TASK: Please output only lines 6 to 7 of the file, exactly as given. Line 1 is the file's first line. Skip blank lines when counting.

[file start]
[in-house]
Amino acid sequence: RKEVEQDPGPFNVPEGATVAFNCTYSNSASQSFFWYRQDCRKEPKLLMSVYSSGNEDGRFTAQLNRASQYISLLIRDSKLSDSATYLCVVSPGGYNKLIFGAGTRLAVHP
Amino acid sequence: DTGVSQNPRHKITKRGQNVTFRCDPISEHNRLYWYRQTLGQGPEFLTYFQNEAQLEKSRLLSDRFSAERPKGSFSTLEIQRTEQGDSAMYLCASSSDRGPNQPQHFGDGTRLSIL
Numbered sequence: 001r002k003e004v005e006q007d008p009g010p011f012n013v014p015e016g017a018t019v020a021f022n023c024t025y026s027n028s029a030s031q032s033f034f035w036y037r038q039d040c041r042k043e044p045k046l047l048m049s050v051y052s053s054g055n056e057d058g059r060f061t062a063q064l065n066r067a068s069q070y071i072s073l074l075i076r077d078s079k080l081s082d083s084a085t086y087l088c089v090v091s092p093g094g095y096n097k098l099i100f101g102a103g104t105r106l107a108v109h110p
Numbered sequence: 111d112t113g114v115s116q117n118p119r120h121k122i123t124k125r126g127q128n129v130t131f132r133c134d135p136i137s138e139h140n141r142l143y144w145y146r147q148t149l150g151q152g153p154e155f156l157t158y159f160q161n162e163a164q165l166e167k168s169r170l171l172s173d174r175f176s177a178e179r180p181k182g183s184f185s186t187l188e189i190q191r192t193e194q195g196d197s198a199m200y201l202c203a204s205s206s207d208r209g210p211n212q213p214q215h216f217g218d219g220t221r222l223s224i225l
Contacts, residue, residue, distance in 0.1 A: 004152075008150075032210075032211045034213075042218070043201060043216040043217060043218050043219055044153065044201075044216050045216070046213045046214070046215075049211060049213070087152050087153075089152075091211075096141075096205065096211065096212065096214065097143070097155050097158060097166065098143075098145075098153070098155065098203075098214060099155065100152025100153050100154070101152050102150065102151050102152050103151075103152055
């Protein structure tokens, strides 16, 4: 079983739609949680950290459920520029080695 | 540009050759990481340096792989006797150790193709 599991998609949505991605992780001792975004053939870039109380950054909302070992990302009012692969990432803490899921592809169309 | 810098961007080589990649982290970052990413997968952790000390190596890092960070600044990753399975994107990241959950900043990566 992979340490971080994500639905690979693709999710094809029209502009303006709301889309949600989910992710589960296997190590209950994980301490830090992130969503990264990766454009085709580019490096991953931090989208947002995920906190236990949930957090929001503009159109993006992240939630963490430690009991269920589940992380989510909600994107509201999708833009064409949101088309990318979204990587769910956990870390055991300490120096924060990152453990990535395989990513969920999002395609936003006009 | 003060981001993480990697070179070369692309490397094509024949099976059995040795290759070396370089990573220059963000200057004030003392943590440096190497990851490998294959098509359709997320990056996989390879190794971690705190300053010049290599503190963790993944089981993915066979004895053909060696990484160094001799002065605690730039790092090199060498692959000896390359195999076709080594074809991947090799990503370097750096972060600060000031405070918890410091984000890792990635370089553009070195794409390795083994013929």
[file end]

Contacts, residue, residue, distance in 0.1 A: 004152075008150075032210075032211045034213075042218070043201060043216040043217060043218050043219055044153065044201075044216050045216070046213045046214070046215075049211060049213070087152050087153075089152075091211075096141075096205065096211065096212065096214065097143070097155050097158060097166065098143075098145075098153070098155065098203075098214060099155065100152025100153050100154070101152050102150065102151050102152050103151075103152055
């Protein structure tokens, strides 16, 4: 079983739609949680950290459920520029080695 | 540009050759990481340096792989006797150790193709 599991998609949505991605992780001792975004053939870039109380950054909302070992990302009012692969990432803490899921592809169309 | 810098961007080589990649982290970052990413997968952790000390190596890092960070600044990753399975994107990241959950900043990566 992979340490971080994500639905690979693709999710094809029209502009303006709301889309949600989910992710589960296997190590209950994980301490830090992130969503990264990766454009085709580019490096991953931090989208947002995920906190236990949930957090929001503009159109993006992240939630963490430690009991269920589940992380989510909600994107509201999708833009064409949101088309990318979204990587769910956990870390055991300490120096924060990152453990990535395989990513969920999002395609936003006009 | 003060981001993480990697070179070369692309490397094509024949099976059995040795290759070396370089990573220059963000200057004030003392943590440096190497990851490998294959098509359709997320990056996989390879190794971690705190300053010049290599503190963790993944089981993915066979004895053909060696990484160094001799002065605690730039790092090199060498692959000896390359195999076709080594074809991947090799990503370097750096972060600060000031405070918890410091984000890792990635370089553009070195794409390795083994013929």